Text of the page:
Brexit and Travel to Europe
After officially leaving the European Union on 31 January 2020, the UK’s transition arrangements have now expired, leading to some changes to travel and holidays within Europe. Although no significant impact is expected, the differences are more than just that UK passports have become blue…
Our trade association, ABTA, has the latest information and advice: See ABTA’s Full Brexit Advice for Travellers
Passports and Visas
All British citizens must carry a full 10 year British passport valid for 6 months after the end of your holiday when visiting EU countries. All infants and children must also have their own passport. A visa should not be required for typical holiday periods.
Also check your passport is within 9 years and 6 months of its issued date. Some passports issued before September 2018 could have more than the maximum validity period but this may no longer be valid.
If any members of your party need to renew or obtain a passport, we recommend you apply at least 12 weeks before your holiday. See www.gov.uk or call the UK Passport Office on 0300 222 0000 for advice and information. Citizens of other countries should check with the relevant authorities for passport and visa requirements.
UK citizens will no longer be able to use the EU or EEA lanes at passport control in airports or ports. Use only the ‘All Passports’ lanes.
In addition to taking out travel insurance for all members of your party we strongly recommend you carry a valid EHIC (European Health Insurance Card) or GHIC (Global Health Insurance Card) which will provide access to public healthcare systems in the EU and Switzerland. Check whether your EHIC’s 5 year validity has expired… if so, you’ll need to apply for a GHIC.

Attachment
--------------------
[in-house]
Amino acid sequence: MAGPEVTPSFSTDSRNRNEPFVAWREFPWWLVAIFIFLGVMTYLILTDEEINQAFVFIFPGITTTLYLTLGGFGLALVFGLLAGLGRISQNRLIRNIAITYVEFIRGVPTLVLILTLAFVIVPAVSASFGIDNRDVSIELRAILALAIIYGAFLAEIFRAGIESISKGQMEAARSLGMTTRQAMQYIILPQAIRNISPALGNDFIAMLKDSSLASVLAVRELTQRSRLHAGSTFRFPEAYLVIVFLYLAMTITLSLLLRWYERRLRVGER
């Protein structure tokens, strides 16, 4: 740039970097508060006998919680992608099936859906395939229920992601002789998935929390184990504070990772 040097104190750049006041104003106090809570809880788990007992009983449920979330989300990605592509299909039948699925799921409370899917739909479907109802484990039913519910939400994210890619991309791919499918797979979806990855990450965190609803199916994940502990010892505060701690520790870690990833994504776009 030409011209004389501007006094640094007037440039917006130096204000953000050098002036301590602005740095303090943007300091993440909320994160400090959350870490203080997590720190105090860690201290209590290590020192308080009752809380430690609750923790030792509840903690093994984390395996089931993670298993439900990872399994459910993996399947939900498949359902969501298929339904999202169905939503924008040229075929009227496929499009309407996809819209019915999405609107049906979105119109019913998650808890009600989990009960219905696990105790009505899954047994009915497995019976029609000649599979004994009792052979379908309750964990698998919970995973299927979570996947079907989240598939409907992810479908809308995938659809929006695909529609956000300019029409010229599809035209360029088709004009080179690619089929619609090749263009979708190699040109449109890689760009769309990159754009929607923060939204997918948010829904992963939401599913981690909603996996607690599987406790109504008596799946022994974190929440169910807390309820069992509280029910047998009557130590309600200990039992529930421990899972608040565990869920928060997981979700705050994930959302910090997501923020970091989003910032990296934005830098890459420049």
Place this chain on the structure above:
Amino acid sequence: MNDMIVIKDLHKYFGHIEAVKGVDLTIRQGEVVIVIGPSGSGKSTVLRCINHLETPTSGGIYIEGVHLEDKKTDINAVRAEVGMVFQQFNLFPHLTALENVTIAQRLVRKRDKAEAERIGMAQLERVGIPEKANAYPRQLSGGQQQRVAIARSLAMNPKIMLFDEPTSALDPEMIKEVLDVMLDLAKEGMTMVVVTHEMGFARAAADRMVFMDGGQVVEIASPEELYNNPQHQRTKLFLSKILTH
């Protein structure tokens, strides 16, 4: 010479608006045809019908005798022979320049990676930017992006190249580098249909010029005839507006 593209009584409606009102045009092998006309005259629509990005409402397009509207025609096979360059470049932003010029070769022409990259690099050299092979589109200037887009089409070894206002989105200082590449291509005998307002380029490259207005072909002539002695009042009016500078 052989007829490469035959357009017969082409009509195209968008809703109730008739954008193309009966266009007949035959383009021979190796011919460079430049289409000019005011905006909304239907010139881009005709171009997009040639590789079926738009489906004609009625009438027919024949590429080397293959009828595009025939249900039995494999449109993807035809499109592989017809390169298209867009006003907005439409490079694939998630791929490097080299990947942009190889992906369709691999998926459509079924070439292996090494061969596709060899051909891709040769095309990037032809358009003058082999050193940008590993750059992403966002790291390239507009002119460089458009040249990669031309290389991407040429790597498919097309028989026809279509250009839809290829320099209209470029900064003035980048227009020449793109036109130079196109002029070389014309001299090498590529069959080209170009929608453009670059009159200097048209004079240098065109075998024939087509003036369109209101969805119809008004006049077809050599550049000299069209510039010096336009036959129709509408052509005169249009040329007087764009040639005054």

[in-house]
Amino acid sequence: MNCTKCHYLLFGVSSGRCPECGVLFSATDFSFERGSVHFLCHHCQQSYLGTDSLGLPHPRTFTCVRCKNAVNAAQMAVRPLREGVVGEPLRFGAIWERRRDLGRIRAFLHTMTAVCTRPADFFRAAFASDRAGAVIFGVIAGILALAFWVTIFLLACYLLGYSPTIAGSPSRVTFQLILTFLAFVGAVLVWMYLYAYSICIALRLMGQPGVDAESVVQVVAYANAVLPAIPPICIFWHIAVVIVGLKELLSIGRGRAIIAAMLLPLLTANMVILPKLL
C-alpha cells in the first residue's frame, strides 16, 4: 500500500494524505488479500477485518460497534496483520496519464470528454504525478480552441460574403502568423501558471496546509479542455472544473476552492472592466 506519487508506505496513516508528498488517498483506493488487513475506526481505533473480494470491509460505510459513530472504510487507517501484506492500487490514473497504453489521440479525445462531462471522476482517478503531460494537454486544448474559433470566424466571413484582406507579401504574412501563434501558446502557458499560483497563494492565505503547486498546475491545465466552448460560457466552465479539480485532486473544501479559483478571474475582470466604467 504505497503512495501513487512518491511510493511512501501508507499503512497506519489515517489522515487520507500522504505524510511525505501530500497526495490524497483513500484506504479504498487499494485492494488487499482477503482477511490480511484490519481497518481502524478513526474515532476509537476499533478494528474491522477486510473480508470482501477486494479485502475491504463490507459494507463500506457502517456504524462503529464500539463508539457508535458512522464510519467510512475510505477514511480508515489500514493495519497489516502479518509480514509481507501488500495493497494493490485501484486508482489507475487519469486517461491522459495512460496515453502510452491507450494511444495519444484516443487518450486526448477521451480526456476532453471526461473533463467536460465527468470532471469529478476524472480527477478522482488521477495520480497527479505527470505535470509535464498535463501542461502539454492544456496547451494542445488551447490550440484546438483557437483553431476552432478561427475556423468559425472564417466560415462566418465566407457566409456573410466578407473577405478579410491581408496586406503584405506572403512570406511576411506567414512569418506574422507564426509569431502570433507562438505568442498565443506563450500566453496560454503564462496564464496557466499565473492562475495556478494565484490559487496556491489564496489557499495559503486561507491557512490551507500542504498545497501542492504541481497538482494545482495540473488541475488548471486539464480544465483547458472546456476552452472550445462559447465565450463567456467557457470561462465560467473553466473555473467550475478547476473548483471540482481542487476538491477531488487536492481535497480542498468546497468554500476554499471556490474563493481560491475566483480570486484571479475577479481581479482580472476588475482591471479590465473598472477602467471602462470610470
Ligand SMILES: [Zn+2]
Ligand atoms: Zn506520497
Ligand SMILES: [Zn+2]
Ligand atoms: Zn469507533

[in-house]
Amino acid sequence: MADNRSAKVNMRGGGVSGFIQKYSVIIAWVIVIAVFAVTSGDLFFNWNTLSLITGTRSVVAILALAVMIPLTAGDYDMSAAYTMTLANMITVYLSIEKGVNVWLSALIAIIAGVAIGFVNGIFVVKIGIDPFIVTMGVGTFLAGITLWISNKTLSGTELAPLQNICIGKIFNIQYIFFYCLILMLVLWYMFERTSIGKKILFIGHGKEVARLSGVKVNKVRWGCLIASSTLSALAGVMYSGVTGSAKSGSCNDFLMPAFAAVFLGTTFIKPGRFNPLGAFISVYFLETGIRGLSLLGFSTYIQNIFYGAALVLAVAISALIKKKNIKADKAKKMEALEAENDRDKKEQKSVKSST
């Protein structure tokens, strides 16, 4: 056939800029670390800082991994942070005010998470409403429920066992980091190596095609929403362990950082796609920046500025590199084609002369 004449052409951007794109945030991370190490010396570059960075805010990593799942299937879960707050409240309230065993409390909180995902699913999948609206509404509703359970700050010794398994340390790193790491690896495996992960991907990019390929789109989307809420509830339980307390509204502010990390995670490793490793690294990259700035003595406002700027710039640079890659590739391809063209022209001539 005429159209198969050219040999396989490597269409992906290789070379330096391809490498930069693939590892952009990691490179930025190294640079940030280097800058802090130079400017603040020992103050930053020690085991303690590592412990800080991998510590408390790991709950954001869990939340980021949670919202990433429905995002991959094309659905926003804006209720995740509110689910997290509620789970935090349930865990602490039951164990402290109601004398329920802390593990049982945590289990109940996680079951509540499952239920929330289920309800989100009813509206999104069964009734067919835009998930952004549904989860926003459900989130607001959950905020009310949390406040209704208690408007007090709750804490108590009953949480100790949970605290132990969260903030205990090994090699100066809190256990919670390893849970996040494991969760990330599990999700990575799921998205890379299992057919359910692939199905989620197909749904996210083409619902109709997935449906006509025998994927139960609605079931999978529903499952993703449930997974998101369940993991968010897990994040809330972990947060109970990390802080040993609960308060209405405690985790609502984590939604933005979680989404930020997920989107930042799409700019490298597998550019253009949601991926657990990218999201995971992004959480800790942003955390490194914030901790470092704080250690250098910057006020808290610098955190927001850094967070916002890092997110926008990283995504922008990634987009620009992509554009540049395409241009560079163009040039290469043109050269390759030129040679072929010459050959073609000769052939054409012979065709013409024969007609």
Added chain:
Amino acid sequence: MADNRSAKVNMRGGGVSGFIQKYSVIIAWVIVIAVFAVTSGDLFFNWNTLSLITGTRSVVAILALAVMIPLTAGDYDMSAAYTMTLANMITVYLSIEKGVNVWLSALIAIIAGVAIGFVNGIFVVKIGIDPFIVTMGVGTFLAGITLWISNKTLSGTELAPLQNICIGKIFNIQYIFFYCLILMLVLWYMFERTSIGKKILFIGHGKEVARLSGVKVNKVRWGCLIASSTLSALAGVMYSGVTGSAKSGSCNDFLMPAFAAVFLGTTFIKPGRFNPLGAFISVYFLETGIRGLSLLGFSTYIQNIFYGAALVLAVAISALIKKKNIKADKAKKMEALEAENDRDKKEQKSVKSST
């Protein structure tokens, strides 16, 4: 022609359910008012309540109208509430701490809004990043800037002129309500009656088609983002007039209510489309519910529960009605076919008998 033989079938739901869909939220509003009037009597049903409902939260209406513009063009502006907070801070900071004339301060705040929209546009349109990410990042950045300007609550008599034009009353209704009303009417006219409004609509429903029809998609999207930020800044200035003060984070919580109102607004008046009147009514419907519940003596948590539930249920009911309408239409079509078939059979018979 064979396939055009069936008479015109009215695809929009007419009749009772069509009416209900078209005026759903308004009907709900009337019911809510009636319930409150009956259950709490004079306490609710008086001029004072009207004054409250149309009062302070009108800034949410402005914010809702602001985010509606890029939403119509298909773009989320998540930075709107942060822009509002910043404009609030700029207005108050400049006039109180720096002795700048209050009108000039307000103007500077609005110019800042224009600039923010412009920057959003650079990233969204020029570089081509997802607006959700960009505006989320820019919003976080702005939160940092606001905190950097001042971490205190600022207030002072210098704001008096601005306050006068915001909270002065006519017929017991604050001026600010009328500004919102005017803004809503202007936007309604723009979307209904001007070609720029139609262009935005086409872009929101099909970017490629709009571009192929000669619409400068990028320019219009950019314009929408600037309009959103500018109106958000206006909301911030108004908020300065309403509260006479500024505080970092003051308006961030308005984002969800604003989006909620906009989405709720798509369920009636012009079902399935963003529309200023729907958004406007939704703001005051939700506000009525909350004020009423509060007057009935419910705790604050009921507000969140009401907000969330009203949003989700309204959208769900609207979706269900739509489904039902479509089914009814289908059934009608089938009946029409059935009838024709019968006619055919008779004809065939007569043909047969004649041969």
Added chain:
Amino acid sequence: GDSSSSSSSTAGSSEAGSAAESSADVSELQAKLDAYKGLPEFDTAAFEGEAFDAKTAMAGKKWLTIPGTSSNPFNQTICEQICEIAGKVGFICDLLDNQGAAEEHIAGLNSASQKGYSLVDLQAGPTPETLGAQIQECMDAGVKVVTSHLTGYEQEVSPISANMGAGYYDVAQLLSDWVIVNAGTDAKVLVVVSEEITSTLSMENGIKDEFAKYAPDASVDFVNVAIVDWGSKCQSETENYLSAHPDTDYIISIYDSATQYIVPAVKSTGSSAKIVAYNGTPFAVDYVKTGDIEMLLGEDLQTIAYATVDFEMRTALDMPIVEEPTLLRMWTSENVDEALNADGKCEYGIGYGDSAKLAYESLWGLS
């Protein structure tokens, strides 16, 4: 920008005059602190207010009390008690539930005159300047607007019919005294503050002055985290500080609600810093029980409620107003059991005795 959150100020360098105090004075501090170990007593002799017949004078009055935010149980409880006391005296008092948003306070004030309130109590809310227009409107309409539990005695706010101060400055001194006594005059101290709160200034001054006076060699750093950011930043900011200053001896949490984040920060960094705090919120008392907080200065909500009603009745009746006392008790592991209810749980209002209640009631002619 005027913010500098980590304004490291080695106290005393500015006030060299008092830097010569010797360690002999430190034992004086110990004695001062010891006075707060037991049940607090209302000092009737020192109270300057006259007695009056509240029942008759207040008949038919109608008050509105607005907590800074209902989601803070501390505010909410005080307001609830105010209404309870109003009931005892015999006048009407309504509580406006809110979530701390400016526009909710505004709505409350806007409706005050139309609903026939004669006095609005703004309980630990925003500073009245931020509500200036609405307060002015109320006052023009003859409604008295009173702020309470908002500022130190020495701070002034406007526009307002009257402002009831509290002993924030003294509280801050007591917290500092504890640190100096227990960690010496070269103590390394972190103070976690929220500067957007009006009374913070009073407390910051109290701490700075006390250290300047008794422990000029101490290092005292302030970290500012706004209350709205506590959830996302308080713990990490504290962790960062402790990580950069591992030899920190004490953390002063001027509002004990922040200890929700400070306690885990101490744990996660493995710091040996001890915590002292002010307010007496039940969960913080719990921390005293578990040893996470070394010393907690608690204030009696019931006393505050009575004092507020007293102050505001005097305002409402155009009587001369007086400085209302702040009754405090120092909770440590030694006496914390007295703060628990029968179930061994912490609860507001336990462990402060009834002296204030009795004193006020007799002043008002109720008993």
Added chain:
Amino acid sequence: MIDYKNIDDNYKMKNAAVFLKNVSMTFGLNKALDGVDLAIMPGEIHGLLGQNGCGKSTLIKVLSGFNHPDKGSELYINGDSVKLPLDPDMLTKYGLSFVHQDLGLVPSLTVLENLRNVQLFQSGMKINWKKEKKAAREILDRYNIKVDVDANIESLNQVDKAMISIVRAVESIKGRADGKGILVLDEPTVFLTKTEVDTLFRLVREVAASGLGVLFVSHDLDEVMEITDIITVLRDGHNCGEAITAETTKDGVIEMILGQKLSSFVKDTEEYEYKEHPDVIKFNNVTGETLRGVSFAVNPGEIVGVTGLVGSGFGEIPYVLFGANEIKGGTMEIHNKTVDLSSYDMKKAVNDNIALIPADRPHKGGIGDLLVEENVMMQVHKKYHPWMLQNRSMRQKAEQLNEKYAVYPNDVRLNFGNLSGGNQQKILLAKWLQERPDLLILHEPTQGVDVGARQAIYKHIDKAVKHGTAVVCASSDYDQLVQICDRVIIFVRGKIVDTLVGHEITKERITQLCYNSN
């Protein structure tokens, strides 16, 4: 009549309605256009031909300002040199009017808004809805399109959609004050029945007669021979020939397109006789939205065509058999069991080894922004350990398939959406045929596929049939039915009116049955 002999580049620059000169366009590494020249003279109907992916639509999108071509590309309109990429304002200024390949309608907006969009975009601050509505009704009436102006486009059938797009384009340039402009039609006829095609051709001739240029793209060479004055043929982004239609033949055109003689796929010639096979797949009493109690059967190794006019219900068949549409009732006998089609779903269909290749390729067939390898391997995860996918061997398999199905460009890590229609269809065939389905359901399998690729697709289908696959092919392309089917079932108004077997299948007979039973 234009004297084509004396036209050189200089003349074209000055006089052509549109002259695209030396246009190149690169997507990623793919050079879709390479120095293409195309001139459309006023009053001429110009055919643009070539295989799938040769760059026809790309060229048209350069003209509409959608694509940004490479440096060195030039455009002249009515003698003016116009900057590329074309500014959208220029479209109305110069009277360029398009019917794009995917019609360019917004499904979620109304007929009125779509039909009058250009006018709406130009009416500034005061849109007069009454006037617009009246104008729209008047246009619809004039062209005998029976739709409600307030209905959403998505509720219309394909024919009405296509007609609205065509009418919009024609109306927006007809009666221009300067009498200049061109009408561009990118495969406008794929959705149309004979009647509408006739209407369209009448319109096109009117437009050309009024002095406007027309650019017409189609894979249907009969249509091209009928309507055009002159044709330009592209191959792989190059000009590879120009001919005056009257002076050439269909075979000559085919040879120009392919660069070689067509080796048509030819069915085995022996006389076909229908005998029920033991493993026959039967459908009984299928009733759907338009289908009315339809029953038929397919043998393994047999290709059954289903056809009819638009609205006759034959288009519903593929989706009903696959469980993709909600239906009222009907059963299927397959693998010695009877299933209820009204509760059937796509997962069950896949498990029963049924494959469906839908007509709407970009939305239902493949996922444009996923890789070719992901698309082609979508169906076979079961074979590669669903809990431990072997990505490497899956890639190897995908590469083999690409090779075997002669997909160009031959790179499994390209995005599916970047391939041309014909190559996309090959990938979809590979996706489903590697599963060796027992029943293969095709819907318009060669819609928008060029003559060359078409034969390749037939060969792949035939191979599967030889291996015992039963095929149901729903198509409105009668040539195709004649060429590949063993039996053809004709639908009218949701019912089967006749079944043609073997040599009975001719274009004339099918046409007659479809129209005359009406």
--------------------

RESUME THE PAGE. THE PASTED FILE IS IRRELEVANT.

Driving in Europe
British photocard driving licenses remain valid for use in EU countries, but if you hold a paper license or a license issued in the Channel Islands or Isle of Man, you’ll need an additional International Driving Permit, which can be obtained from main Post Offices.
If driving you’re own car in Europe, you’ll need a ‘green card’ from your car insurance provider to validate your insurance in Europe. This is a physical card. Apply to your insurer at least a month before you travel.
Travelling with Pets
Each pet will need an Animal Health Certificate to confirm micro-chipping and appropriate vaccinations (including rabies). Talk to your vet well in advance and read more government advice on taking your pet abroad.
And Don’t get Caught Out…
- Give yourself extra time at airports and ports, especially with additional Covid checks. Ports, ferry and tunnel terminals may also be busier due to increased checks on freight and commercial transport.
- Don’t take meat or milk related products into Europe … even in the food you pack for the journey (baby-milk excluded).
- Check with your mobile phone provider about roaming charges for phone and data use, as the European-wide agreements for these are no longer valid.
- Remember that duty-free limits are back in place for alcohol and tobacco products, etc.